Hello from Newtown Vet!
As medical director, I wanted to alert the Newtown Vet family to a new toxicity that is on the rise in dogs and cats due to the increased availability of sago palm plants from some large retailers.
Much of the below information was delivered to us courtesy of Dr. Catherine Dzienesiwski from Veterinary Specialty and Emergency Center. The sago palm plant is a highly poisonous plant commonly found in sandy soils of tropical to subtropical climates, but may also be grown as ornamental and houseplants. This plant is not usually a concern for pets in our area since they are not native to our region.
Recently, we have become aware of local stores including Wegmans, Walmart, Home Depot, and IKEA selling these plants in miniature form. Unlike the areca palm, and majesty palm, sago palms are not true palms, rather they are members of the Family Cycadaceae (Cycas spp., Macrozamia spp.). All parts of the plant are toxic, but the seeds (nuts) are the most toxic, containing a higher concentration of the toxin cycasin.
Initial signs of toxicity following ingestion may be seen in at little as 15 minutes including in acute gastrointestinal distress (e.g., drooling, inappetance, vomiting, diarrhea), central nervous system (brain) signs (e.g., weakness, walking wobbly, seizures, tremors, etc.) and severe liver failure can be seen within 2-3 days after ingestion. Aside from the aforementioned symptoms, other delayed signs of illness may include swelling of the abdomen (belly), bruising, and jaundice (yellow color to skin).
If your pet does ingest sago palm, it is critical that emergency care be sought immediately either at Newtown Vet or at one of the two closest emergency clinics:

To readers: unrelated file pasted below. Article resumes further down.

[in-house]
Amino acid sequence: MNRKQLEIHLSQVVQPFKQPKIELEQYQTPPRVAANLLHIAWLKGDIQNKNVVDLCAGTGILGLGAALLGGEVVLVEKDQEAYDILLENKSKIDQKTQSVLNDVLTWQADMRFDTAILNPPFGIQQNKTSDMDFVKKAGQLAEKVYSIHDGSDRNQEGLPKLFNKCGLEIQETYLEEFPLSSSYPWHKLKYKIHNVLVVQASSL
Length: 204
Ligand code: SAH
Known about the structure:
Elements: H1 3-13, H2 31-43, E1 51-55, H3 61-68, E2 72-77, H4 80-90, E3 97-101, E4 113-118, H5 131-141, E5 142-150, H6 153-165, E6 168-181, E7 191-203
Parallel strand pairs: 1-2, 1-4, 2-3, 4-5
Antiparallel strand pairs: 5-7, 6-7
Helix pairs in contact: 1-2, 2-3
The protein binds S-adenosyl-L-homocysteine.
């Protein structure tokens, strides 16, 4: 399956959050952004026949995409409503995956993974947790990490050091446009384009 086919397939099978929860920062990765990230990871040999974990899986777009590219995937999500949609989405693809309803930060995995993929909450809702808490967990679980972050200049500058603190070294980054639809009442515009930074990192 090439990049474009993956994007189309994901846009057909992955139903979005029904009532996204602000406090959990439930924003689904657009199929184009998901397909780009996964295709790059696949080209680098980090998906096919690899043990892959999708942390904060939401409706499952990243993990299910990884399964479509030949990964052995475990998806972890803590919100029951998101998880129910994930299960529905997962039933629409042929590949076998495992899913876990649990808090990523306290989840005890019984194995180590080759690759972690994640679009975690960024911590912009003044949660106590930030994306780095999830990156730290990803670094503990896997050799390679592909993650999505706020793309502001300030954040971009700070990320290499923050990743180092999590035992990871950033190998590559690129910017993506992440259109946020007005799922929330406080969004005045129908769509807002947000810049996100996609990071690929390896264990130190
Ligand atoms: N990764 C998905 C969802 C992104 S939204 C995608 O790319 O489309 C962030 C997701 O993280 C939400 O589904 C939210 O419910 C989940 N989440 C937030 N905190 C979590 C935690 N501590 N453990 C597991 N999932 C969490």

1) Veterinary Speciality and Emergency Center (VSEC) at 301 Veteran Hwy, Levittown, PA 19056
2) Center for Animal Referral and Emergency Services (CARES) at 2010 Cabot Blvd W, Langhorne, PA 19047
Induction of emesis (vomiting) is generally recommended if the pet has recently ingested the plant. As with most toxicity, there is at most a two hour window of opportunity for vomiting to be induced. After this time frame, digestion and absorption of the toxin is likely to have occurred such that vomiting is no longer beneficial. All patients will likely need to be hospitalized. Some studies have shown mortality rates to be as high as 30 to 50%.
We recommend that if you have pets, you should keep sago palms out of your home. As always, if you have any questions or concerns, please do not hesitate to contact us.
Meghan Wood, VMD
Newtown Veterinary Hospital
1. Albertson, Khan, and Richardson. Cycad palm toxicosis in dogs: 60 cases (1987-1997), Journal Am Vet Med Assoc 1998; 213(1): 99-101.
2. ASPCA Poison Control website: www.aspca.org/pet-care/animal-poison-control/toxic-and-non-toxic-plants/sago-palm
3. Ferguson, Crowe, McLaughlin, Gaschen. Survival and Prognostic Indicators for cycad intoxication in dogs. Journal Vet Int Medicine2011;25(4):831-7.